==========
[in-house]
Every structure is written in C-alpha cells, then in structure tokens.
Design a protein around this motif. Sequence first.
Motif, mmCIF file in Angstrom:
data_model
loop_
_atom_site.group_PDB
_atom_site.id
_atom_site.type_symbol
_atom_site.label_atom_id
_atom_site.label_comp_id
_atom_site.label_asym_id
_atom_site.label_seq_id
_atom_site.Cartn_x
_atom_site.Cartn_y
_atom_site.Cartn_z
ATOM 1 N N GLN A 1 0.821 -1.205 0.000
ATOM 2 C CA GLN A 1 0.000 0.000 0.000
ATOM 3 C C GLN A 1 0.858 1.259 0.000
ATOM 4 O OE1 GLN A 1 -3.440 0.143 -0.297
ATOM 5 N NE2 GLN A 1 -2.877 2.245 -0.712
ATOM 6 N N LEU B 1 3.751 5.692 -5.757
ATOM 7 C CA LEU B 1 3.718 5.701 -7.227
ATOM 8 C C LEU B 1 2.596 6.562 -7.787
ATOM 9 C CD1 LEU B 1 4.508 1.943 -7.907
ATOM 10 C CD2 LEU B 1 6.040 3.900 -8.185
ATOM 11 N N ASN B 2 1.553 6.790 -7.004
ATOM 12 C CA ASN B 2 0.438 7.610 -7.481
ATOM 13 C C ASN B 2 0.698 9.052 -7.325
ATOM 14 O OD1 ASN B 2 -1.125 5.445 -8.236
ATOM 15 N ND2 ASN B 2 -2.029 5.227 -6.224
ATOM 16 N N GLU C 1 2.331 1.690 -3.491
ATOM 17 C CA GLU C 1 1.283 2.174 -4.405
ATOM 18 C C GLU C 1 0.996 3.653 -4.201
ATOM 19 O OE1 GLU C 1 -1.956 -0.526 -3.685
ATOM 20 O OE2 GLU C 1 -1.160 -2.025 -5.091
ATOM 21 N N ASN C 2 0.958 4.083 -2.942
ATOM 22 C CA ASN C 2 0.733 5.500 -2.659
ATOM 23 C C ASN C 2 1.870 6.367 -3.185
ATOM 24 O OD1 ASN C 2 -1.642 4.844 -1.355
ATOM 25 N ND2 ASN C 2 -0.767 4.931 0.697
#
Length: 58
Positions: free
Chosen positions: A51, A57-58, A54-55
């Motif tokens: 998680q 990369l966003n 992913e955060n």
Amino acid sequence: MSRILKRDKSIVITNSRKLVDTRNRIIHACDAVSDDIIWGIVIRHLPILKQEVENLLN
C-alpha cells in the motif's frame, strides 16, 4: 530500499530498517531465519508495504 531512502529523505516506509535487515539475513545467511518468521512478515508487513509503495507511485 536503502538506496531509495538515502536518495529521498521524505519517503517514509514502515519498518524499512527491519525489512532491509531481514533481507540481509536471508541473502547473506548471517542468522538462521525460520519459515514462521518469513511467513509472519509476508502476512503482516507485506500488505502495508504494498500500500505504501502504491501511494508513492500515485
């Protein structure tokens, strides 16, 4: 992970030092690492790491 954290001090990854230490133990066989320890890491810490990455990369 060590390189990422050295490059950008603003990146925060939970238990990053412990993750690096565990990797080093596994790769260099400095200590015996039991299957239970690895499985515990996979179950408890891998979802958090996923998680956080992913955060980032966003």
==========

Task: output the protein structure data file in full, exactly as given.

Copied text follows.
[in-house]
Every structure is written in C-alpha cells, then in structure tokens.
Design a protein around this motif. Sequence first.
Motif, mmCIF file in Angstrom:
data_model
loop_
_atom_site.group_PDB
_atom_site.id
_atom_site.type_symbol
_atom_site.label_atom_id
_atom_site.label_comp_id
_atom_site.label_asym_id
_atom_site.label_seq_id
_atom_site.Cartn_x
_atom_site.Cartn_y
_atom_site.Cartn_z
ATOM 1 N N GLN A 1 0.821 -1.205 0.000
ATOM 2 C CA GLN A 1 0.000 0.000 0.000
ATOM 3 C C GLN A 1 0.858 1.259 0.000
ATOM 4 O OE1 GLN A 1 -3.440 0.143 -0.297
ATOM 5 N NE2 GLN A 1 -2.877 2.245 -0.712
ATOM 6 N N LEU B 1 3.751 5.692 -5.757
ATOM 7 C CA LEU B 1 3.718 5.701 -7.227
ATOM 8 C C LEU B 1 2.596 6.562 -7.787
ATOM 9 C CD1 LEU B 1 4.508 1.943 -7.907
ATOM 10 C CD2 LEU B 1 6.040 3.900 -8.185
ATOM 11 N N ASN B 2 1.553 6.790 -7.004
ATOM 12 C CA ASN B 2 0.438 7.610 -7.481
ATOM 13 C C ASN B 2 0.698 9.052 -7.325
ATOM 14 O OD1 ASN B 2 -1.125 5.445 -8.236
ATOM 15 N ND2 ASN B 2 -2.029 5.227 -6.224
ATOM 16 N N GLU C 1 2.331 1.690 -3.491
ATOM 17 C CA GLU C 1 1.283 2.174 -4.405
ATOM 18 C C GLU C 1 0.996 3.653 -4.201
ATOM 19 O OE1 GLU C 1 -1.956 -0.526 -3.685
ATOM 20 O OE2 GLU C 1 -1.160 -2.025 -5.091
ATOM 21 N N ASN C 2 0.958 4.083 -2.942
ATOM 22 C CA ASN C 2 0.733 5.500 -2.659
ATOM 23 C C ASN C 2 1.870 6.367 -3.185
ATOM 24 O OD1 ASN C 2 -1.642 4.844 -1.355
ATOM 25 N ND2 ASN C 2 -0.767 4.931 0.697
#
Length: 58
Positions: free
Chosen positions: A51, A57-58, A54-55
């Motif tokens: 998680q 990369l966003n 992913e955060n």
Amino acid sequence: MSRILKRDKSIVITNSRKLVDTRNRIIHACDAVSDDIIWGIVIRHLPILKQEVENLLN
C-alpha cells in the motif's frame, strides 16, 4: 530500499530498517531465519508495504 531512502529523505516506509535487515539475513545467511518468521512478515508487513509503495507511485 536503502538506496531509495538515502536518495529521498521524505519517503517514509514502515519498518524499512527491519525489512532491509531481514533481507540481509536471508541473502547473506548471517542468522538462521525460520519459515514462521518469513511467513509472519509476508502476512503482516507485506500488505502495508504494498500500500505504501502504491501511494508513492500515485
């Protein structure tokens, strides 16, 4: 992970030092690492790491 954290001090990854230490133990066989320890890491810490990455990369 060590390189990422050295490059950008603003990146925060939970238990990053412990993750690096565990990797080093596994790769260099400095200590015996039991299957239970690895499985515990996979179950408890891998979802958090996923998680956080992913955060980032966003």